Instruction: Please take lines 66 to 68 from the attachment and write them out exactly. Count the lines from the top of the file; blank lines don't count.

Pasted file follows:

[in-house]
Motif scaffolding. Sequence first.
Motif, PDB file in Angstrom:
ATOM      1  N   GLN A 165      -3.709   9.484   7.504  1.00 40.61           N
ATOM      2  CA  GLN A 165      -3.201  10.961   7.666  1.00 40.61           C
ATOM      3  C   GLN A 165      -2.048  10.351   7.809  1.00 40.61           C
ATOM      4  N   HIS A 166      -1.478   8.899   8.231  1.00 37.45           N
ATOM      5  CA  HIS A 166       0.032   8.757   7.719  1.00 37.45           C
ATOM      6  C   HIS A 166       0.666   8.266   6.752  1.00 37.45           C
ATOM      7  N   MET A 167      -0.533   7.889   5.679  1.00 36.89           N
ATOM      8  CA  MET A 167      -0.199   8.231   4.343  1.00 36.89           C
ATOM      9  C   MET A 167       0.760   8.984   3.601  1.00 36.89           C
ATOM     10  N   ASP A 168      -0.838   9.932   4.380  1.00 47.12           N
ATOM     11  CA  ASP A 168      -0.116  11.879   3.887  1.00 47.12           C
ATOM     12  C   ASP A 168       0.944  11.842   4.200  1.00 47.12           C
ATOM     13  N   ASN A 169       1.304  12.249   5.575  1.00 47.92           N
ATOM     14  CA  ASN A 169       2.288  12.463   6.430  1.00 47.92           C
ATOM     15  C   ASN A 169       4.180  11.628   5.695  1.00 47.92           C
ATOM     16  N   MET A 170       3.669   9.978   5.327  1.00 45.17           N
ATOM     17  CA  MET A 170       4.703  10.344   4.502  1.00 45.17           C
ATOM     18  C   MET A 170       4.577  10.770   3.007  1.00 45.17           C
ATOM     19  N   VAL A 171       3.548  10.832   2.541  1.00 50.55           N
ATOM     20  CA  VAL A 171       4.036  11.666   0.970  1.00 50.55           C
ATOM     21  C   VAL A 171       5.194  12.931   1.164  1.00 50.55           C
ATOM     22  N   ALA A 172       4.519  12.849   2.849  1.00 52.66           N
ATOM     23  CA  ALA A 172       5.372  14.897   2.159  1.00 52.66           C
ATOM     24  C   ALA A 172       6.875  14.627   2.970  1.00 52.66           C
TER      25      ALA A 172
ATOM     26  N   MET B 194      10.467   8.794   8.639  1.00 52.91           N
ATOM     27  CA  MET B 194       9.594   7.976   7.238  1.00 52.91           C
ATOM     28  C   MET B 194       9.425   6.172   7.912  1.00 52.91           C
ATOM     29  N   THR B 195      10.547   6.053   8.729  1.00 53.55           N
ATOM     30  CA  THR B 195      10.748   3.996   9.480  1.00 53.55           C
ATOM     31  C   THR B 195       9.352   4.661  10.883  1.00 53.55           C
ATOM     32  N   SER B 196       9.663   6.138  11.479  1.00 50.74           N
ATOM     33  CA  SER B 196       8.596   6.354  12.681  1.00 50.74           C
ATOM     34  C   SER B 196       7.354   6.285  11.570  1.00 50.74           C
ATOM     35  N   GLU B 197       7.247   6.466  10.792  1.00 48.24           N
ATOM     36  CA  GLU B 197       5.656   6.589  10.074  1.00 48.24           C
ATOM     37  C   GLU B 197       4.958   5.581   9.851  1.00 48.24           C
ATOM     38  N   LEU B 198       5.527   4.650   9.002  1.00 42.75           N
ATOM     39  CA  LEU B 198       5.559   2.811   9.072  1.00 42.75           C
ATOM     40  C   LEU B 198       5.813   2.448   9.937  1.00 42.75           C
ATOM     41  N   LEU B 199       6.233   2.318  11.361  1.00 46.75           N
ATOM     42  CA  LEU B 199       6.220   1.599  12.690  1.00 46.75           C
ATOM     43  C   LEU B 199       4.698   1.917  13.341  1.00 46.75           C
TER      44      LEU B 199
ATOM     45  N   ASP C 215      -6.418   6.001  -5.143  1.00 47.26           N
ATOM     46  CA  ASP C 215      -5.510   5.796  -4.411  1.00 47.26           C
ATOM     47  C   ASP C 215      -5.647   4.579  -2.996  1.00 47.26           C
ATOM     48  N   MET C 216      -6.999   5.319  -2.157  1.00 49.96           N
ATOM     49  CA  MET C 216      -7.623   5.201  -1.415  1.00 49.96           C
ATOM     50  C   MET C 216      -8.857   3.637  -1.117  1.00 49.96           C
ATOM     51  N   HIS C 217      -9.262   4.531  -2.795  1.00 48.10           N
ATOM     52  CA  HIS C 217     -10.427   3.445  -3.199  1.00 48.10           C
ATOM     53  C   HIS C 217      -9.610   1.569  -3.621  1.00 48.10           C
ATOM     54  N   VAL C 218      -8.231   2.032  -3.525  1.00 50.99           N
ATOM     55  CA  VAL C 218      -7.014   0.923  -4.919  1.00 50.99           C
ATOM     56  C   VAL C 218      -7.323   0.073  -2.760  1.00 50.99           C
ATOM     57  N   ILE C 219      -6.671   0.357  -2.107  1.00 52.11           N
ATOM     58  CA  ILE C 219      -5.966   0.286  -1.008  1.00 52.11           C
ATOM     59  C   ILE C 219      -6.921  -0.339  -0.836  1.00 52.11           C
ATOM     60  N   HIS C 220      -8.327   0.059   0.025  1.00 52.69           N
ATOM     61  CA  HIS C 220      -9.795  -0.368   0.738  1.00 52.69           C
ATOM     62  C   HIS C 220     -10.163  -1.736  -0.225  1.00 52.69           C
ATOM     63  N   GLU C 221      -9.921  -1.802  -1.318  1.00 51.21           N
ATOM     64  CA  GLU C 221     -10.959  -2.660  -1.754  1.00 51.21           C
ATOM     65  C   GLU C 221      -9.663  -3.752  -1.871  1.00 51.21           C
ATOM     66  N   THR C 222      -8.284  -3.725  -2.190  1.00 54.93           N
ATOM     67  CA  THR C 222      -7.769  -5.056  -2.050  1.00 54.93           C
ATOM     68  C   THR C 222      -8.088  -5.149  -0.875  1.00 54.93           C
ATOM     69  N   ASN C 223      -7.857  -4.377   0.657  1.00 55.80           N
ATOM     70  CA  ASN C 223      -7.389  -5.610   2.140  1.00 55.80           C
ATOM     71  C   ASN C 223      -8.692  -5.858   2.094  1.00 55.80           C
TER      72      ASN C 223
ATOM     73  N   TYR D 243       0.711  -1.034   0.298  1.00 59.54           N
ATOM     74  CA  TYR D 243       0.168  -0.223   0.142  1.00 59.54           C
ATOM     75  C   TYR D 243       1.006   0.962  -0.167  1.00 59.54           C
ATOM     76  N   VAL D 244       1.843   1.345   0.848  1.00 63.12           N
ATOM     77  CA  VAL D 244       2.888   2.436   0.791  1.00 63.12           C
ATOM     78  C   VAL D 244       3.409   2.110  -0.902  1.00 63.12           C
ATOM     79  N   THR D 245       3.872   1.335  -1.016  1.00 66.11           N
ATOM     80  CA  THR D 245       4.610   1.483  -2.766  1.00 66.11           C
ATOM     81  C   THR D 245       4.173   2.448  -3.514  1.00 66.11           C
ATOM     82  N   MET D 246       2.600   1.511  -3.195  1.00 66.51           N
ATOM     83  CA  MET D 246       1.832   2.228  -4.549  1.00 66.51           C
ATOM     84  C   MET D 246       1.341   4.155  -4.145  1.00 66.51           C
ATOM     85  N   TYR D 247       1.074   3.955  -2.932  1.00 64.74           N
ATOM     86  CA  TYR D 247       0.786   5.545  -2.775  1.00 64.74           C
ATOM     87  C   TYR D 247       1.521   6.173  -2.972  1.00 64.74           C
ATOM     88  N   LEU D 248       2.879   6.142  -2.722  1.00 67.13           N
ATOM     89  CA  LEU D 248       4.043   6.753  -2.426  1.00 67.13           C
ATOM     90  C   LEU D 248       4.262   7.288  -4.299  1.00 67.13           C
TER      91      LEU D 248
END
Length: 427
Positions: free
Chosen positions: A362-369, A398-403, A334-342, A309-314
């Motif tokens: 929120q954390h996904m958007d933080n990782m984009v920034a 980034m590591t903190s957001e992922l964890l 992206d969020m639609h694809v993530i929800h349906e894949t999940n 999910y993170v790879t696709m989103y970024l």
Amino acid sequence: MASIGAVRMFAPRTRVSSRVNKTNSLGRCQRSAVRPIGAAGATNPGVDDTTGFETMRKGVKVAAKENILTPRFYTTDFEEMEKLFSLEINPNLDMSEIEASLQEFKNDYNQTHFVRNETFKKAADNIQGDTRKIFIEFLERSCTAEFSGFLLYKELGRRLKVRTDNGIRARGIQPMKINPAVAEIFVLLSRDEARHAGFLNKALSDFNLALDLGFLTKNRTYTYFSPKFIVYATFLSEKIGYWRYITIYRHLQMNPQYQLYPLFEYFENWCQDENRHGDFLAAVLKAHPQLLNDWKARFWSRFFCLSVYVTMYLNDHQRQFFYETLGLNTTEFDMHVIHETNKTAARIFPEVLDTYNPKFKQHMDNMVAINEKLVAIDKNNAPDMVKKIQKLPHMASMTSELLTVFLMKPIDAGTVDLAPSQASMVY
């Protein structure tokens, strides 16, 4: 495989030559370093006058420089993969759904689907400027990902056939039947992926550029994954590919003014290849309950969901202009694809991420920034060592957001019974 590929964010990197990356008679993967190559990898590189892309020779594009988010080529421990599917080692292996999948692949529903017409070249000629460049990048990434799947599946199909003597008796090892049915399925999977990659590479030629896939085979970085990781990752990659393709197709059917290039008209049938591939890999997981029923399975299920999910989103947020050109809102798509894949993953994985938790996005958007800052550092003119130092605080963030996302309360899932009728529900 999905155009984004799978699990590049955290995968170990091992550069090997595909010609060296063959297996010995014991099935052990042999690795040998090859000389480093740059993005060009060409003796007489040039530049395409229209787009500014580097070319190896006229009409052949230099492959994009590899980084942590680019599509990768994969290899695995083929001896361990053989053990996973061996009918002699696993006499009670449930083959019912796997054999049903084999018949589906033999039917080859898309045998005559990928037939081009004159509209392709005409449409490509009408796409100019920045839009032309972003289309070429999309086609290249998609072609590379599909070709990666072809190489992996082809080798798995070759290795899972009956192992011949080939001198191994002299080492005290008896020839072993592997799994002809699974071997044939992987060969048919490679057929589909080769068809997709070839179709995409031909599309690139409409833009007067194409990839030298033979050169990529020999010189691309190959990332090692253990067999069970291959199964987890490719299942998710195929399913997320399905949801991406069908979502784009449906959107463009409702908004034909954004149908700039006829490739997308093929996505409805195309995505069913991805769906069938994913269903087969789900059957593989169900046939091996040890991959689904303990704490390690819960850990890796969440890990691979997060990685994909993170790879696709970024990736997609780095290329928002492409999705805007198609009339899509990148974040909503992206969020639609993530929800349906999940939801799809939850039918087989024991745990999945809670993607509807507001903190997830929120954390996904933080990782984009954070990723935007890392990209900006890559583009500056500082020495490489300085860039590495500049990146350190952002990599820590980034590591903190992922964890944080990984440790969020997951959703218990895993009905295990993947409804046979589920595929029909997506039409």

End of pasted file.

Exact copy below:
ATOM     63  N   GLU C 221      -9.921  -1.802  -1.318  1.00 51.21           N
ATOM     64  CA  GLU C 221     -10.959  -2.660  -1.754  1.00 51.21           C
ATOM     65  C   GLU C 221      -9.663  -3.752  -1.871  1.00 51.21           C